The other day, the subject of conversion therapy (therapy intended or purported to change the patient’s sexual orientation from gay to straight) raised its head again. I know so many people who have been deeply hurt by this type of therapy; it damaged their trust in God, it distorted their relationship with their family, it left wounds that they still live with. This brought some of them to the brink of suicide. If this isn’t your story, if it was helpful, I’m grateful you were spared. I hope we can agree that all therapists should be willing and eager to envision a good future for patients who remain gay.
Okay, but then thinking about this stuff made me think back to why I talk so much about biblical models of same-sex love. Why do I always cram Ruth, David, and beloved disciple John into my articles?
After all, these biblical models are not the only forms of love available to homosexuals who wish to live in harmony with Catholic sexual ethics. You could join a intentional community; you can have a religious vocation; you can lead a life that seems “single” on the outside, but that is deeply rooted in the love of your friends, of your family of origin, of those in need around you; you can be a artist whose life is dedicated to showing children the joy of Creation and the Gospel (lol parenthetically I’m not sure how Tomie de Paola navigated the intersection of her faith and her sexuality). And arguably all of these ways of loving are more difficult for the contemporary economy, where so many government and corporate structures are set up to manage only the love that comes in pairs of autonomous adults – the game of life, but you can stick two pink dolls in the front seats now. Arguably, all of these other ways of loving are more difficult for the culture that teaches us that love is a reward for the chosen few, a rare prize, something we can lose or lose, rather than a gift without abundant end of our most tender and most faithful Lover.
And even. When we know that Scripture offers models of homosexual love, our relationship to Scripture (and therefore to the divine Author of the Word) changes. In the Word of God, there is more to us than “no”. There are tips on how to express the desires for intimacy, love, devotion, commitment that for many of us have always been part of what it means to be gay. The scriptures remind us that God has called people to become parents of another man or another woman; that he made their intimacy and their devotion the reflection of the tender love he offers us. People who have been taught that their loves and desires are absent from Scripture—and therefore no real love at all—may find that God wants to nurture their desires, not eradicate them.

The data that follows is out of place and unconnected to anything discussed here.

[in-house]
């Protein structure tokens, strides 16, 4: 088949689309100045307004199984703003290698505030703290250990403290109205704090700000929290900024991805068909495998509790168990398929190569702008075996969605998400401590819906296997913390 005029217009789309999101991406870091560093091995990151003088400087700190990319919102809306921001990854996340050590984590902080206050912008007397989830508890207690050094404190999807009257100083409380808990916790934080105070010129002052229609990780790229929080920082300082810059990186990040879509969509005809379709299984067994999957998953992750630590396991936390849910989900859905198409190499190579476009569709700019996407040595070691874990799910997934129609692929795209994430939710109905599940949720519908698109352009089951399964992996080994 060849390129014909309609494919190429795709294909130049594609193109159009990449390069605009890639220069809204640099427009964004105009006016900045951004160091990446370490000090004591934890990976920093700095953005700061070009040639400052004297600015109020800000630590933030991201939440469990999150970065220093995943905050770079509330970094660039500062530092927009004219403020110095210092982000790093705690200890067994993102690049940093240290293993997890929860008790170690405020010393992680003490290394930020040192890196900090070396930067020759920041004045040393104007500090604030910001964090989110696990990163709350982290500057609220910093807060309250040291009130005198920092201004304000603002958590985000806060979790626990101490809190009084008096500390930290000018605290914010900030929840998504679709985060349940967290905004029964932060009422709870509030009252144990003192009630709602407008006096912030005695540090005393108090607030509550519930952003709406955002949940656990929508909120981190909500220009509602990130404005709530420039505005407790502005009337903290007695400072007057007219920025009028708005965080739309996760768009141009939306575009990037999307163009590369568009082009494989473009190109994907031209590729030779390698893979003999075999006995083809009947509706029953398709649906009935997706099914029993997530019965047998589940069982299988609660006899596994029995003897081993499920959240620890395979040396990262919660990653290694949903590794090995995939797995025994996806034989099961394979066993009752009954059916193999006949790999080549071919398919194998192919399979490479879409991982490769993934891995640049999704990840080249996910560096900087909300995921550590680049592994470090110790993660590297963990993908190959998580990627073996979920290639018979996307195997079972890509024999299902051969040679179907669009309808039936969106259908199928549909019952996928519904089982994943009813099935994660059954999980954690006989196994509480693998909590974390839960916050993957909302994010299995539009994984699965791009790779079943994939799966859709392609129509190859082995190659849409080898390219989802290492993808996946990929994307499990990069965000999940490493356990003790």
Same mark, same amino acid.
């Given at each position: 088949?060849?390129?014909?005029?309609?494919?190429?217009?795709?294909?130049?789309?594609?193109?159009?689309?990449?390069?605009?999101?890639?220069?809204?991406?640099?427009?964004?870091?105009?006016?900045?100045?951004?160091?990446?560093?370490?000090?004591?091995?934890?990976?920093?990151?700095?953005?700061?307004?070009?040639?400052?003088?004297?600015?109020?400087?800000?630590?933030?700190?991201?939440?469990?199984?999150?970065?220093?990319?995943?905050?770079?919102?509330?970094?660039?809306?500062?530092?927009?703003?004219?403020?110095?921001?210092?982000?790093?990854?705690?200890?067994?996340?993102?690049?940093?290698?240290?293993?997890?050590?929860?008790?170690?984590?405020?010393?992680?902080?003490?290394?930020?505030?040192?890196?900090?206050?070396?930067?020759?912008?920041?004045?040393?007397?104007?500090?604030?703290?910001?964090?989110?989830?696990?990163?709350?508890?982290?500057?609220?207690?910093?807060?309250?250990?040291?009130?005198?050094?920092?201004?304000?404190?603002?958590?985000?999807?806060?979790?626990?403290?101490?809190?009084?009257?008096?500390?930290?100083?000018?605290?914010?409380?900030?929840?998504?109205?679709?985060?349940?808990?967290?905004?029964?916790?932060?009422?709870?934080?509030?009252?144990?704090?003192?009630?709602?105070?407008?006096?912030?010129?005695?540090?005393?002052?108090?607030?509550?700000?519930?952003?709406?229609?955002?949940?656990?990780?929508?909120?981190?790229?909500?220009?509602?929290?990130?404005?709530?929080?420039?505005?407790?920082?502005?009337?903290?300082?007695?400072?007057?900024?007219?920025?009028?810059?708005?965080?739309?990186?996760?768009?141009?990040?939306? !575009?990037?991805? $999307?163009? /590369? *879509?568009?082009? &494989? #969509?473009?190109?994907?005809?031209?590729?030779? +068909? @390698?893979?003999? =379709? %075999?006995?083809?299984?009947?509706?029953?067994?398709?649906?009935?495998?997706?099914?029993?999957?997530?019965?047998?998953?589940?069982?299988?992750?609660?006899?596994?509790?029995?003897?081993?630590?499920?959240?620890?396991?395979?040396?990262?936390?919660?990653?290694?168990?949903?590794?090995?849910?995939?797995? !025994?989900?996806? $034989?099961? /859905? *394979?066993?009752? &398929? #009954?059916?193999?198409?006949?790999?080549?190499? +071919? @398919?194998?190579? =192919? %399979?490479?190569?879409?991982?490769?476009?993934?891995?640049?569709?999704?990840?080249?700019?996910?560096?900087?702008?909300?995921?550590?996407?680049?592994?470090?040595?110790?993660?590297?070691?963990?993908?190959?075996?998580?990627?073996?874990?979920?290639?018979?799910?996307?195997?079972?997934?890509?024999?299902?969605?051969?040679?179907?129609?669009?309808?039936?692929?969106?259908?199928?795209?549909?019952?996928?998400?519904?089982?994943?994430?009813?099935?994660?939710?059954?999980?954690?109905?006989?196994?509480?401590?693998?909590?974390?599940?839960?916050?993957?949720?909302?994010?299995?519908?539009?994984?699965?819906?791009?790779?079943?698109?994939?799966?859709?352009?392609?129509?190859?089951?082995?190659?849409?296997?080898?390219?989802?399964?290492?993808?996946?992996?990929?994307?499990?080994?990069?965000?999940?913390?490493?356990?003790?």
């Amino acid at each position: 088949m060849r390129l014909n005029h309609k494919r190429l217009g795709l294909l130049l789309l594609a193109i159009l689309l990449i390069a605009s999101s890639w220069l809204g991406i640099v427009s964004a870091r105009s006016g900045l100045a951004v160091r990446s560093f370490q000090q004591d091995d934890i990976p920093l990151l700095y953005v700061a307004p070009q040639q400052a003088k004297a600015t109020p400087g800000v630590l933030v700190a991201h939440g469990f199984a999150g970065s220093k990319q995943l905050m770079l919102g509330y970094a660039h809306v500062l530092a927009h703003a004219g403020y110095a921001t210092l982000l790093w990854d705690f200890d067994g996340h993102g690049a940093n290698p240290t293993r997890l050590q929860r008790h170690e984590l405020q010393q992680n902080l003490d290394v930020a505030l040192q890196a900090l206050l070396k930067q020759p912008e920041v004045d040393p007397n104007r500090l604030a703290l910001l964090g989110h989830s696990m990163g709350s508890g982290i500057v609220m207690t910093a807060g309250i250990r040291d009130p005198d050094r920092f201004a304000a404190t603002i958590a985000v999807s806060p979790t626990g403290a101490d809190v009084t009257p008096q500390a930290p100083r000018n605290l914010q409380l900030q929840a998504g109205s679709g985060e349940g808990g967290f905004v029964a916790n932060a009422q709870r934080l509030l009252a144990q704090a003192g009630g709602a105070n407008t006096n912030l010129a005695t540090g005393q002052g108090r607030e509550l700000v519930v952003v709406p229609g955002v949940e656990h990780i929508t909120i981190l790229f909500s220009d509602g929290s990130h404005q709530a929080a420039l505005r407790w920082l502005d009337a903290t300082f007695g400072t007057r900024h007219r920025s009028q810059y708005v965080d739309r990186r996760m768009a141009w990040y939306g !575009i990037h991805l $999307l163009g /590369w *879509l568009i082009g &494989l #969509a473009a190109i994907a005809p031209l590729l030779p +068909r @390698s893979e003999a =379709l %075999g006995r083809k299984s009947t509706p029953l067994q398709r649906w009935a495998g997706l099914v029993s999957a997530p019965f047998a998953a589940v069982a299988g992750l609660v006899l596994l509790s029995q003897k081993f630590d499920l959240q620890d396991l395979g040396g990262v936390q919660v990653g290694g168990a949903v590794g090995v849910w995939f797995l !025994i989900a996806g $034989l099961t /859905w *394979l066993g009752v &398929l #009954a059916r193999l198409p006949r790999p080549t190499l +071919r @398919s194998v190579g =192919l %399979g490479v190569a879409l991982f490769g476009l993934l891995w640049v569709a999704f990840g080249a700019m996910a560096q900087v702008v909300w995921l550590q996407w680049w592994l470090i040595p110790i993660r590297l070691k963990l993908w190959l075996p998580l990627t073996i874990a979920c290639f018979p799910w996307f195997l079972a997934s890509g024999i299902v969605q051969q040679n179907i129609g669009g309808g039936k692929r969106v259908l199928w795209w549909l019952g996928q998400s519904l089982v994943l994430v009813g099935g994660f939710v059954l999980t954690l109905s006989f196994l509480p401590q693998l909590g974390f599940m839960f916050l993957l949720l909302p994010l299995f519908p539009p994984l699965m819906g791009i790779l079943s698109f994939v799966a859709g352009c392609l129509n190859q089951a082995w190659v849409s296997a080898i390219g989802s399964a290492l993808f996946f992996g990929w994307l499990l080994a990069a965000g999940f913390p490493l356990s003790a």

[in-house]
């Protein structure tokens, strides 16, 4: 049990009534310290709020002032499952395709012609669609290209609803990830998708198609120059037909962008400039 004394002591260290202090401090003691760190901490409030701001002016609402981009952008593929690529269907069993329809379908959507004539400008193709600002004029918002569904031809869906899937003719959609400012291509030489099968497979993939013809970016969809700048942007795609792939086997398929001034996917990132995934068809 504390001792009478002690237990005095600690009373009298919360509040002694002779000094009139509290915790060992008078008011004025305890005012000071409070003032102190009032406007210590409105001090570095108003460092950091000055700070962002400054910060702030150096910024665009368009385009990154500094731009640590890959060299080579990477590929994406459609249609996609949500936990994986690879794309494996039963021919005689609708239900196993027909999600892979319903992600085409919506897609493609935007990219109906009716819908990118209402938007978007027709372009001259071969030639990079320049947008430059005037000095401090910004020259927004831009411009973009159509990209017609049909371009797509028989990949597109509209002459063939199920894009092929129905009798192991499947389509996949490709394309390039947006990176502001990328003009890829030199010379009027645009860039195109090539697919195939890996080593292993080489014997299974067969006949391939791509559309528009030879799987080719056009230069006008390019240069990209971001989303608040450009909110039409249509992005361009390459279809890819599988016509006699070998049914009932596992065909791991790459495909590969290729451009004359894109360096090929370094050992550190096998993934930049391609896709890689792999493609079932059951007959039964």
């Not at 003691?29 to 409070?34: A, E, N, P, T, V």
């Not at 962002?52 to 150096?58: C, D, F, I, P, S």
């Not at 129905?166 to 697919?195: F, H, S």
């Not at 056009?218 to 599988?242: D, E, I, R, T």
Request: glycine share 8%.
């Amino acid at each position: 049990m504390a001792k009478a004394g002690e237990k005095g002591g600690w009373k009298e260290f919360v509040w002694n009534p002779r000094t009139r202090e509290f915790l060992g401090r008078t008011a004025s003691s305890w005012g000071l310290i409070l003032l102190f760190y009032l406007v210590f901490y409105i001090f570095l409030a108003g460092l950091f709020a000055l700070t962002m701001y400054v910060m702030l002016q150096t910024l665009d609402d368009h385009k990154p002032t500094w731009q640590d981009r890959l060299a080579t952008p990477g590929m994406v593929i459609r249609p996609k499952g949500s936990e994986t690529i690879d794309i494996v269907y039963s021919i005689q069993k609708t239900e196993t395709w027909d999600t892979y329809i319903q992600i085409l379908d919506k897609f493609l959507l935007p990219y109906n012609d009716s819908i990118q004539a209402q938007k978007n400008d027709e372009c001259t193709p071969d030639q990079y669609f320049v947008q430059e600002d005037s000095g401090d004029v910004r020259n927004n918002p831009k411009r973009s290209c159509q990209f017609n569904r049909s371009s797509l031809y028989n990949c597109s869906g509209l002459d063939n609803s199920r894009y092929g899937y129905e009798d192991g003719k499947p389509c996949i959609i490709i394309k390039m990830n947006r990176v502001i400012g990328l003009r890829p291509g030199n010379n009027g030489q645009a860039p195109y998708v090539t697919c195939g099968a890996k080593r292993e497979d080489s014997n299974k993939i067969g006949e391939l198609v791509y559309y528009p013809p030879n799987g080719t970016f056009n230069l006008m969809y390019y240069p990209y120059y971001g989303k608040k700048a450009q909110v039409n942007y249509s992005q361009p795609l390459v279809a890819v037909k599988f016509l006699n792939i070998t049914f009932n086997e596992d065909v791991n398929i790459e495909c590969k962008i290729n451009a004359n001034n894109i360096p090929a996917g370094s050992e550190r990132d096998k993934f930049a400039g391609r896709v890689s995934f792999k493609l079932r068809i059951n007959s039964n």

The fact that it was homosexual Christians who pioneered the rediscovery of scriptural and historical patterns of chaste homosexual love, and find ways to live them in our new circumstances, suggests that gay communities have something to teach churches. And it suggests that your personal experience of being gay can lead you to discoveries and paths of love that you would not have encountered as a straight Catholic. Being gay can bring you a special cross, and that’s also a gift – but there can be, like, greater gifts too, beauty and holiness and covenant love, and the pleasure in sharing ideas and treasures with the whole Church.
The narrative of conversion therapy is that there is nothing God wants you to experience by being gay. He only wants you to get out of this cursed land as quickly as possible. (The exit, you are told, is through the Valley of the Shadow of the Bride of David.) And the narrative that drives people to seek conversion therapy is that your sanctification requires a change in the purpose of your sexual desires, from men to women or vice versa. Desiring to love and unite one’s life with someone of the same sex, according to this account, is a temptation and a distraction, not a vocation.
Scripture suggests another way. In Scripture we find the beginnings of an education in which you learn to live out your desire for same-sex love as God intends: devoutly, chastity, intimately, sacrificially.
Not everyone gets married, but marriage makes it pretty clear that even such a tumultuous and disruptive experience as heterosexuality (speaking of King David) can be experienced as a practice of peace: peace between the sexes, a reconciliation of the rupture made in Eden; peace in its sexuality, peace finally in the war between its members. And not everyone will experience dedicated, defining homosexual love (although even some of our heterosexual brothers and sisters enjoy this blessing). But we also have images of what that kind of peace looks like. And knowing that this peace is possible, be at peace.